El Gaucho Review

herd of cattle in daytime

Hey folks, today we’re traveling to the Argentine Pampas, or grasslands, and becoming cattle barons. We’re hiring gauchos to herd our cattle and earn us the most money! Now, we’re trying to get the best herds of different types of cows to earn the most money, and we might use some dirty tricks to get the best cattle from other barons. We’re looking at El Gaucho. It’s a 2-4 player game designed by Arve D. Fuhler. I’ve reviewed a previous game designed by him called Pagoda. El Gaucho is a dice drafting, set collection, worker placement game with a little bit of take that. It plays in about 40 minutes.

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El Gaucho comes with 60 cattle tiles, 32 gaucho workers, 9 dice, 4 score trackers, 4 money bags, 1 cattle fence, 1 first player token, the game board, and rules.

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To set up, place the board in the center of the table. Construct the cattle fence. Then insert it into the slots on the game board. Depending on the number of players, you’ll have two dice per player plus one. So in a two player game, you’ll use 5 dice. In a 3 player game you’ll use 7 dice. There are 5 different types of cow. Each type numbers from 1 to 12. If you’re playing a two player game, take 12 cattle tiles of one type out. Shuffle the cattle tiles, and seed the pastures. To see the pastures, you randomly turn up the cattle tiles until you total 20 or more or run out of room for each row. Draw 4 tiles and set them face down on the bottom right of the board. Each player picks a color and takes the corresponding gaucho workers, score tracker, and money bag. Place your score tracker on the 0, your money bag in the spot next to the score track, and select one gaucho to start on the board. Next, each player draws cattle tiles. In a 2 player game, it’s 5 tiles. In a 3 player game it’s 4 tiles. And in a 4 player game it’s 3 tiles. A player may keep up to three tiles if each tile is valued 4 or under. They may keep 2 tiles if they are 8 or under. And any player may keep just one of any value.

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Check out this built in dice tray!

Now, before we go into playing the game, I wanted to touch base on how you make money. When you take a cattle tile, it starts your herd for that type of cow. You can have a herd for each type. You start with a number and the second cow collected will determine if the numbers need to ascend or descend in numerical order. As soon as a cow breaks that chain, you must sell the herd up to that point. When you sell the herd, you take the highest number in the herd and multiple it by the number of cows in the herd. So if you have a 4, 8, and 10 cow, then add a 7 cow you have to sell the herd. It would then be 10×3. That would get you 30 points. Now that you know how you make money off your herd, let’s talk about game play and what the different areas on the board do.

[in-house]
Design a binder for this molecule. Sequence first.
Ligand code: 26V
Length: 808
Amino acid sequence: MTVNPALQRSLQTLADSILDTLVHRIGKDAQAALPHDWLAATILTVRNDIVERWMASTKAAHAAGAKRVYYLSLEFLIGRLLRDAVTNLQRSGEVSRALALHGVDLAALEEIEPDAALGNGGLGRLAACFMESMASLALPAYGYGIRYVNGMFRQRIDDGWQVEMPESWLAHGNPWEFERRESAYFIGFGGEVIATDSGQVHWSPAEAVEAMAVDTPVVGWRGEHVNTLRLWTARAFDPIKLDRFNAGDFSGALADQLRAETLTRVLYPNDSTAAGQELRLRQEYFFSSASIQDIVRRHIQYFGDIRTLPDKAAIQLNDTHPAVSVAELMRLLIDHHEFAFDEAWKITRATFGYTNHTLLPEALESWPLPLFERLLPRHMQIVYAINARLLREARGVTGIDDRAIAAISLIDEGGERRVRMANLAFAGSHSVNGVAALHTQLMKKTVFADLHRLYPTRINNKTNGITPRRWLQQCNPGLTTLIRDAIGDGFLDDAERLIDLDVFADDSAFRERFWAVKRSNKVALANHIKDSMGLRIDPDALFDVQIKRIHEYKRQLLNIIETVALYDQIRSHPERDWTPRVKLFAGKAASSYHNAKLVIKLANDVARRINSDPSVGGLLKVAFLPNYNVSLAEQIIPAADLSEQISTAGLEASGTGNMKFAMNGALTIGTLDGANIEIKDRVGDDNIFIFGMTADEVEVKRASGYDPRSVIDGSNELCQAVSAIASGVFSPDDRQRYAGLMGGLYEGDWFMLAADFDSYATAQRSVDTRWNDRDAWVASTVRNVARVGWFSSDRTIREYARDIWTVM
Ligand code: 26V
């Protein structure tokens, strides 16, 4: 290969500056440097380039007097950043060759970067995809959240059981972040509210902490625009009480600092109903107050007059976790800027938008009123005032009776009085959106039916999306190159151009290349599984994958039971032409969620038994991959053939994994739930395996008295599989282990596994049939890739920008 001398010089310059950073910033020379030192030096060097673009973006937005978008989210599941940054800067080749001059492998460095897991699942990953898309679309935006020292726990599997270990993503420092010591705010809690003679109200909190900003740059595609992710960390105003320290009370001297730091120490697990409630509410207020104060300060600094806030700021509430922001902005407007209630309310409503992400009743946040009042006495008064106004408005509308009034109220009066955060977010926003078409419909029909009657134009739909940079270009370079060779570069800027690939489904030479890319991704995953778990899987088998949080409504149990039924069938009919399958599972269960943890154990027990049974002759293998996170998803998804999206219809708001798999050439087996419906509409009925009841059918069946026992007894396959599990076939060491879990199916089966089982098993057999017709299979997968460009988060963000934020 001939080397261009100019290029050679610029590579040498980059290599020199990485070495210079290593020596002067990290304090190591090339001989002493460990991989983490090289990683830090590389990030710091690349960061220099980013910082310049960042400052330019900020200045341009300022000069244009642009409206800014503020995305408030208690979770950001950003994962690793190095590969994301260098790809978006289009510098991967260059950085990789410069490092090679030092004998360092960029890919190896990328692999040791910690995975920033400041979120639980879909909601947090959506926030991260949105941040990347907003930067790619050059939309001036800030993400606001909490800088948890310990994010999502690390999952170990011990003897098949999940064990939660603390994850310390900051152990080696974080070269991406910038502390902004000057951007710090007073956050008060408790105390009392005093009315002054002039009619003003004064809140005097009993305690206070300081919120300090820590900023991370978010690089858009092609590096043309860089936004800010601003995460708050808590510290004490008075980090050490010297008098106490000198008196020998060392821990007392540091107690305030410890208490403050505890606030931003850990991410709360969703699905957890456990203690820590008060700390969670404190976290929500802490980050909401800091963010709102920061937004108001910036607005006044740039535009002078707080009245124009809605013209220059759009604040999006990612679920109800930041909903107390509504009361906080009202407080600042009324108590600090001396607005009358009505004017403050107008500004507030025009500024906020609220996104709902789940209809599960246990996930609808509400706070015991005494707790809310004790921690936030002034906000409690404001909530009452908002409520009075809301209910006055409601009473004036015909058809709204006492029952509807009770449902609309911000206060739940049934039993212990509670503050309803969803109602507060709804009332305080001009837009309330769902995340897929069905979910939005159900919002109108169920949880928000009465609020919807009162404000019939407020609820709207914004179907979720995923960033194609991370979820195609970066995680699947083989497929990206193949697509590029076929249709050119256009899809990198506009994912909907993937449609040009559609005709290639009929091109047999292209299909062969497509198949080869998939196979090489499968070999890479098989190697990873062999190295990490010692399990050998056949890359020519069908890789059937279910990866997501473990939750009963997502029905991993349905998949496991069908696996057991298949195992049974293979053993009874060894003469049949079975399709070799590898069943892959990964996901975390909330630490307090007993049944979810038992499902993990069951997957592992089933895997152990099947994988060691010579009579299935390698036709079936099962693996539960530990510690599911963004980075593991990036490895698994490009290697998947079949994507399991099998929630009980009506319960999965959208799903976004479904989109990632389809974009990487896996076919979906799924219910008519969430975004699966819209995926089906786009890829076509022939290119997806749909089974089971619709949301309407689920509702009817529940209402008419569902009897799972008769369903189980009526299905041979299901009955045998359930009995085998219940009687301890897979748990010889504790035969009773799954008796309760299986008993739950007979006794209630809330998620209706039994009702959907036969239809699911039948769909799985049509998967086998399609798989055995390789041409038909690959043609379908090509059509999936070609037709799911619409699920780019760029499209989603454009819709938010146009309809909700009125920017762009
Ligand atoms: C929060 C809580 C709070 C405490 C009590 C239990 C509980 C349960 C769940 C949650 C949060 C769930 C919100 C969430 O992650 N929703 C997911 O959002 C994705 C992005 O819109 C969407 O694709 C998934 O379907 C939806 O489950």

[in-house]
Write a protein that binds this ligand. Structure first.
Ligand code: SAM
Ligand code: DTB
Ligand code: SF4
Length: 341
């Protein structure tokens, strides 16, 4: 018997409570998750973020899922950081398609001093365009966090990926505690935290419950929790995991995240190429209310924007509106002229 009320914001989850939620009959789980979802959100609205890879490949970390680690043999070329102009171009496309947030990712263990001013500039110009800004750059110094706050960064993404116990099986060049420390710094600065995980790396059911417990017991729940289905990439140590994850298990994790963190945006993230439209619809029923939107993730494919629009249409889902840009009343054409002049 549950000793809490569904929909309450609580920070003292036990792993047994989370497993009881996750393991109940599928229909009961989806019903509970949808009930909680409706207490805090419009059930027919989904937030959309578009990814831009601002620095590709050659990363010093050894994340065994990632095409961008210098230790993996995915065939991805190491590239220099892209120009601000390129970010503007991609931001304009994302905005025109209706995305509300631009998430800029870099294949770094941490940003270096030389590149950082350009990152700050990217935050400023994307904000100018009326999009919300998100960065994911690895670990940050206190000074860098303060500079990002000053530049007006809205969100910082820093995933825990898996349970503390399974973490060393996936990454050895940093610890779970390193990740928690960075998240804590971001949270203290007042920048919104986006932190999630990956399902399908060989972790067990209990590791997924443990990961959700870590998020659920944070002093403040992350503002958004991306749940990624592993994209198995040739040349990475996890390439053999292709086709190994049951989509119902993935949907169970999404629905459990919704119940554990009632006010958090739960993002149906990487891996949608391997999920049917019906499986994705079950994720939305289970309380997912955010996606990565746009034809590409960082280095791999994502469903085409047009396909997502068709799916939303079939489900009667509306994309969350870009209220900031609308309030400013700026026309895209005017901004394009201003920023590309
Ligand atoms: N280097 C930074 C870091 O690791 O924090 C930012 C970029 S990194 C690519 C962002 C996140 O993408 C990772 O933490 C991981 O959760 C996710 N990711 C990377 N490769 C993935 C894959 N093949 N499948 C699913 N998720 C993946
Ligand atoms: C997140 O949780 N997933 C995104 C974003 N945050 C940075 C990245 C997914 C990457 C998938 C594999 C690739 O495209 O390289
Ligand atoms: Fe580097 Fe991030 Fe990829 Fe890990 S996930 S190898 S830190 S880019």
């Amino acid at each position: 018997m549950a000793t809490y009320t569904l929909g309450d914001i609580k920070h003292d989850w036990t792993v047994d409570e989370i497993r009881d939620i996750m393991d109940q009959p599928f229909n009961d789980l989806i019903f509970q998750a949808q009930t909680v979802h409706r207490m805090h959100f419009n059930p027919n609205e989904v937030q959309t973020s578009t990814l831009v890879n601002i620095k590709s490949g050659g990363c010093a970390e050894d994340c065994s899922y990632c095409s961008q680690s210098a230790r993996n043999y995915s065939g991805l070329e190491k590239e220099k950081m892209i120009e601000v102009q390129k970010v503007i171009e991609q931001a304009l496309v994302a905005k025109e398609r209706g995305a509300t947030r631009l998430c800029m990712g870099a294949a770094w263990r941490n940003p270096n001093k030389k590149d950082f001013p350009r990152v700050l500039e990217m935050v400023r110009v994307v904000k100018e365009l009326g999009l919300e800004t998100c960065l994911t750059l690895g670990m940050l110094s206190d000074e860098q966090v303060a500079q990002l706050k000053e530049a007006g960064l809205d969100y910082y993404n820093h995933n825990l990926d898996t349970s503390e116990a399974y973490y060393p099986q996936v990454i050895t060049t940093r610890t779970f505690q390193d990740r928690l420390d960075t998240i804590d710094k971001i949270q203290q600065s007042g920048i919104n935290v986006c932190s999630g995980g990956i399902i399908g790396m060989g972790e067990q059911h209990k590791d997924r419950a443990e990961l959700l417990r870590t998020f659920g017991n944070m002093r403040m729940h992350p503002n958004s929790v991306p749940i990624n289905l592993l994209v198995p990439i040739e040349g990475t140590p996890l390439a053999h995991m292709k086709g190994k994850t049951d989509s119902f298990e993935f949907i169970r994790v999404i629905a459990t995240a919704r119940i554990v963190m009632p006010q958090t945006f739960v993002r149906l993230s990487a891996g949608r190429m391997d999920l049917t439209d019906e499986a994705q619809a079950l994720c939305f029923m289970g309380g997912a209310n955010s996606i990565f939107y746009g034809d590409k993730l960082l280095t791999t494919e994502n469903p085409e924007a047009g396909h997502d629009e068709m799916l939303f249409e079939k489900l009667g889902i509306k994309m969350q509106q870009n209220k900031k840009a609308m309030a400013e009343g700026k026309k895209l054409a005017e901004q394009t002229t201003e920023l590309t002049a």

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Crap, should have took the 7 before the 8.

The starting player rolls all the dice into the cattle fence. It’s a built in dice tray. Then, each player takes turns selecting 2 dice and placing gaucho(s) on the board depending on the dice totals. You can use the dice separately or add them together. The cattle tiles have two numbers on the tiles. One is larger and the other is smaller. If your dice total the larger number, you place a gaucho standing up. If you decided to use the smaller number, you place your gaucho lying down. If you use a die to pay the smaller number of a tile you have a gaucho lying down, it stands up. What’s the point of this? Well, you only gain cattle tiles once the row is filled with gauchos at the end of the round. The standing up gauchos bring the cattle home, the lying down gauchos stay on that row with the cattle tile. Only one gaucho per tile.

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The bottom row is filled with Gauchos, both are standing so they both leave the pasture.  If the top row were finished, the lying down blue gaucho would remain.

There are 6 spots on the board that show dice. Instead of claiming cows, you can instead place a gaucho here. You can’t have more than one of your gauchos at a single location and you can’t use that action the same turn you place your gaucho there. There is one exception to this, and I’ll get into that when we cover that location.